Remnant is not only an essential purchase for Fallout fans, but for action RPG fans in general. The writing and lore are fantastic, the Dead Space x Souls-ish combat is very satisfying – though thankfully not quite as punishing – and the movement/control systems feel modern, tight and refined. In fact I’d describe the whole experience as ‘refined’. That’s not to say it’s a safe or rigid play; rather, that Perfect World has kept things nice and tidy with the aim of piquing our interest right from the start, making those critical first hours with the game a real joy, even for seasoned veterans of the aforementioned titles. Games in this general vein have been a dime a dozen over the past decade so it is quite refreshing to play something like Remnant, which takes such clear influence from a handful of particular games, yet entirely avoids feeling like a hodge-podge crossover.

The interior level design will be familiar to Fallout fans with a few “key” differences (for example, the use of keycards... ha ha) but I would almost say it’s nicer here in some areas, like the initial complex which is just a fantastic opening level. Graphically sound and the voice acting is great for the most part, as are the music & sound FX. Conversations with NPCs are Fallout style – again, great writing here, which is more towards Days Gone quality than that of FO4. You might think I’m overdoing it with the Fallout comparisons, but just play it and you’ll see. Great fun.

2. New Super Lucky’s Tale (Xbox One • 2019)

Here’s an example of when not to judge a book by its cover. Those expecting yet another generic Super Mario World clone designed with minimal effort should be pleasantly surprised by New Super Lucky’s Tale. The game has 3D platform levels ala Super Mario 64, but also includes 2.5D sections reminiscent of Crash Bandicoot, and a hub world structure/world doors which are clearly based on those from the Spyro universe. Lucky himself looks a bit like Conker, and I am convinced his running animation is modelled on Conker’s as well... in other words, NSLT is a respectful tribute to some of the greatest platformers ever, with squeaky-clean modern graphics and a few new tricks up its sleeve. That’s more than enough to earn this gem a spot on the list.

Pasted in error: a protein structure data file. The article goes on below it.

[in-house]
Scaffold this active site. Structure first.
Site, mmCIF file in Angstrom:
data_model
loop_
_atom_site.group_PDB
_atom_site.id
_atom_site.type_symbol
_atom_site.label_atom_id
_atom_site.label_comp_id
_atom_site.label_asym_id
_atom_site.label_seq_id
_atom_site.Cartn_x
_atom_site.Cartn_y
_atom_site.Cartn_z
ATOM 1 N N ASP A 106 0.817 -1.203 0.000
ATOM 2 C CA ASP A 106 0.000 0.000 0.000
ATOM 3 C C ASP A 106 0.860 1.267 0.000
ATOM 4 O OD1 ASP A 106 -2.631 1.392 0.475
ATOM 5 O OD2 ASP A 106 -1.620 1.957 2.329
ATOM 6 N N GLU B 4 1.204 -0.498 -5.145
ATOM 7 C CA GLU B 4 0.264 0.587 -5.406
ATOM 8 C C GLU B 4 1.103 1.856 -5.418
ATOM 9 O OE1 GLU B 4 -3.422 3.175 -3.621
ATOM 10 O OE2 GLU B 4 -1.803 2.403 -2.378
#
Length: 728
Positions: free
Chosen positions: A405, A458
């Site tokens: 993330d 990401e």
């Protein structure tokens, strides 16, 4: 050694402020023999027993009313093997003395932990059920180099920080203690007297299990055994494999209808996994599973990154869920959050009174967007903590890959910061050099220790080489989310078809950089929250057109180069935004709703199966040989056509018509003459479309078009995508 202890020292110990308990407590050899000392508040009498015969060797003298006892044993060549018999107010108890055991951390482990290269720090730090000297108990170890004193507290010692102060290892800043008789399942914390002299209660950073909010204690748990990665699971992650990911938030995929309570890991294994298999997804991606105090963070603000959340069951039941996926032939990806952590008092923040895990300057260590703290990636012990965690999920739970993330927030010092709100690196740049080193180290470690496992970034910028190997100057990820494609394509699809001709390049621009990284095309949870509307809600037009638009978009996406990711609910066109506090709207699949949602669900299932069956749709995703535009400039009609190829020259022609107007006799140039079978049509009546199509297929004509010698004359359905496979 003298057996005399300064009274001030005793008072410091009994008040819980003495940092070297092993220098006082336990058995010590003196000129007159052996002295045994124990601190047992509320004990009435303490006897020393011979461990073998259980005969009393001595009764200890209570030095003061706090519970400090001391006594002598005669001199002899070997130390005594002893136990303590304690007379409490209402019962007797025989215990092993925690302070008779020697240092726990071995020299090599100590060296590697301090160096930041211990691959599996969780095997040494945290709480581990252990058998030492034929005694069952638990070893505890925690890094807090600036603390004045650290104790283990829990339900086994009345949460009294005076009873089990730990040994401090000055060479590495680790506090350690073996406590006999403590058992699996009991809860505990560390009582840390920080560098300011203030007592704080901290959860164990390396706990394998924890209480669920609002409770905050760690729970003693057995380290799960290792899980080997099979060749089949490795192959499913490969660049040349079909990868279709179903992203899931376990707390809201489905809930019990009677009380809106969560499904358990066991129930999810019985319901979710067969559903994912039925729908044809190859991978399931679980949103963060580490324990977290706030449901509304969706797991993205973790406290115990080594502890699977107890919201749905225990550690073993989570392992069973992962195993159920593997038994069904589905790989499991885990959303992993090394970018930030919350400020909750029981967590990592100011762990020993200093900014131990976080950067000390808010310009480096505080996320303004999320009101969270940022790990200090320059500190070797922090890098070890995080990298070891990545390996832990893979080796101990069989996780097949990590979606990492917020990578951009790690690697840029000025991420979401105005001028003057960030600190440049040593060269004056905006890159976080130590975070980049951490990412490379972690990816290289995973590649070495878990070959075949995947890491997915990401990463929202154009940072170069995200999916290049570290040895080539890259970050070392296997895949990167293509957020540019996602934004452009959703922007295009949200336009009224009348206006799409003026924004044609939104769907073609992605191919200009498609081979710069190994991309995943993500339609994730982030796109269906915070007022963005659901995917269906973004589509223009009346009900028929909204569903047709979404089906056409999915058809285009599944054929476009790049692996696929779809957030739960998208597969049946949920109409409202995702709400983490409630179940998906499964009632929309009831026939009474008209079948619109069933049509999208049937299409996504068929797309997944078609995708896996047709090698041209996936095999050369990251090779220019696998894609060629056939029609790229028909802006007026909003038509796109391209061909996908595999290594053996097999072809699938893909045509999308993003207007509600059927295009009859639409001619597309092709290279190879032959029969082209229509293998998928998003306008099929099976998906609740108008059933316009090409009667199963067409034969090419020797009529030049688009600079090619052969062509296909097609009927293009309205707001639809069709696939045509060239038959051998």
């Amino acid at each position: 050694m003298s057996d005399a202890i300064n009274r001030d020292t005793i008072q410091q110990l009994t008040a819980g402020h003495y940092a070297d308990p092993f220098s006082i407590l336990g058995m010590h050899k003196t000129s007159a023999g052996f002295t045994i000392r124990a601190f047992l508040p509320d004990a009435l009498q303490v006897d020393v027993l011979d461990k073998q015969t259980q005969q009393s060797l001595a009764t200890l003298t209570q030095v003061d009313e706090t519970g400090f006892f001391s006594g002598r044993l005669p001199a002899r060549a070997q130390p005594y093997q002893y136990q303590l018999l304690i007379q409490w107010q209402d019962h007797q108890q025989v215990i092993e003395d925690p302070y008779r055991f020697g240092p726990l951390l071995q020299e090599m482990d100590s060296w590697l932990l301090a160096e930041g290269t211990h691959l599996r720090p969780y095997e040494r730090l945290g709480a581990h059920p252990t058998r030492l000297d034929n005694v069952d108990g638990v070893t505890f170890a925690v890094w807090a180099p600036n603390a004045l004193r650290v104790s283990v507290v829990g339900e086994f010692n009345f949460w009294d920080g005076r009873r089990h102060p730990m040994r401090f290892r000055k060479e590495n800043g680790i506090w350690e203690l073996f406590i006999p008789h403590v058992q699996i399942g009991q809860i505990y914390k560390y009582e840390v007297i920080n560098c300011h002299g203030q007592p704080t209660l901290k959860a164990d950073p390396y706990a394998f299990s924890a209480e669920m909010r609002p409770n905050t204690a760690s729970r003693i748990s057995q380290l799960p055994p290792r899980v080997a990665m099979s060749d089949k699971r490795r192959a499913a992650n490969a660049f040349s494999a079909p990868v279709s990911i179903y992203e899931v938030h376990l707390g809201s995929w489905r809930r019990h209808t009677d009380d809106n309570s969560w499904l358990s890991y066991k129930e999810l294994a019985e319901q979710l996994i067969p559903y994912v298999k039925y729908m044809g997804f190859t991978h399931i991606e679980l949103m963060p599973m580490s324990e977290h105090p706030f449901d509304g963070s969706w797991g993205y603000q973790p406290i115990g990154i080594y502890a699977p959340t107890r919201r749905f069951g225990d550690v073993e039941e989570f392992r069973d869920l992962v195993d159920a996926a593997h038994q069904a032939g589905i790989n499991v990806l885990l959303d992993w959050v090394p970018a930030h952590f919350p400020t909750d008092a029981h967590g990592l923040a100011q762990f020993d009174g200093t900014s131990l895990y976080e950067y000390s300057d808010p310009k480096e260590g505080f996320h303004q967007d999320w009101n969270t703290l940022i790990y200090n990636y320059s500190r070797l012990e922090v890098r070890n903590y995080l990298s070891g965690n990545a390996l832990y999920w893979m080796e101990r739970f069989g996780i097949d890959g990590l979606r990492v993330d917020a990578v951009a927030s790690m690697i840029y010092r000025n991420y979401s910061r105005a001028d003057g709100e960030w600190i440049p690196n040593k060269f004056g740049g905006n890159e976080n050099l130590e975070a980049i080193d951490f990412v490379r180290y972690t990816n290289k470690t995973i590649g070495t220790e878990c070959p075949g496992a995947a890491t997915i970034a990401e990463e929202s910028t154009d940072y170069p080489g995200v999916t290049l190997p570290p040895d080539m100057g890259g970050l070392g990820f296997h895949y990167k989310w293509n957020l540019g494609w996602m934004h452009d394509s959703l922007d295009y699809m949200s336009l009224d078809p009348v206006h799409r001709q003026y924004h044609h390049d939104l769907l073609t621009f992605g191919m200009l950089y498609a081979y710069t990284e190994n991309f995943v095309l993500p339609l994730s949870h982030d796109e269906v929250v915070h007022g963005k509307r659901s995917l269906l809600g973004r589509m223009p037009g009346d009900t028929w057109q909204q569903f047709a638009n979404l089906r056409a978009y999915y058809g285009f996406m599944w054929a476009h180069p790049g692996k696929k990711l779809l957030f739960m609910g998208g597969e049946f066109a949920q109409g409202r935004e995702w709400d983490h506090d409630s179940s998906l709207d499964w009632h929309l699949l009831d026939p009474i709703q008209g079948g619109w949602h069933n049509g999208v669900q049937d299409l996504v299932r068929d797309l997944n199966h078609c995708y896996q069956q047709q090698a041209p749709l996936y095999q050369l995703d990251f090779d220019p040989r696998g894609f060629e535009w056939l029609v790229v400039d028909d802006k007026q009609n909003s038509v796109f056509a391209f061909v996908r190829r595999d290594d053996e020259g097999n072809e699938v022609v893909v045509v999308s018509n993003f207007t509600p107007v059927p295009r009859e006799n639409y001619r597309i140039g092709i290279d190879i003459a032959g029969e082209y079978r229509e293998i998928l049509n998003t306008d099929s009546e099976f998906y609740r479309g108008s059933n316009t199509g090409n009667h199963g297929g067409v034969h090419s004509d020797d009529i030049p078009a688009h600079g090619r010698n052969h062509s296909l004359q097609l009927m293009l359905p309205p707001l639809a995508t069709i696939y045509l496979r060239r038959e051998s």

The main ability not seen in any of those classic platformers is the ability to burrow underneath pretty much any ground surface that isn’t solid rock, where a lot of loot is hidden and which also factors into some puzzles. The original (and quite similar) Super Lucky’s Tale is also on Gamepass if you’re craving more, after what is predictably not the longest playtime.

1. ReCore: Definitive Edition (Xbox One • 2017)

This is another one of those games which on the surface appears to be a technically sound “remix” of several classic titles, but has more than enough of its own flair to really deserve a playthrough. ReCore takes major inspiration from Metroid Prime, Borderlands, Tomb Raider, and even some golden-era PS2 platformers like Jak 3 and Ratchet & Clank, with a few elements that are quite unique (eg. the awesome ‘jetpack dungeons’, epic platforming sections towering high above the sands, and a fishing-rod style Finishing Move minigame where you wrestle with the line tension to successfully “Extract” an enemy’s Core).

I generally dislike games with all-synthetic enemies as I find the delivery often lacks warmth and/or a decent story, but here you could tell the writers had really done their homework, and everything flows well. There are even some cool sci-fi throwbacks in there, like the home hub “Crawlers” which clearly pay homage to the Spice Crawlers of Dune’s Planet Arrakis. I’d say Dune probably influenced the landscape and structure design in general, too. There is fantastic attention to detail on the many derelict megastructures you’ll find partially buried in sand and rock. The designers have populated and spaced out points of interest on their maps very nicely, making them fun to explore.

So that's it for our 5 hidden gems on Gamepass. Let us know what you think or if there's something else that you think we missed. Hopefully there's something above that you like the look of enough to give a playthrough soon.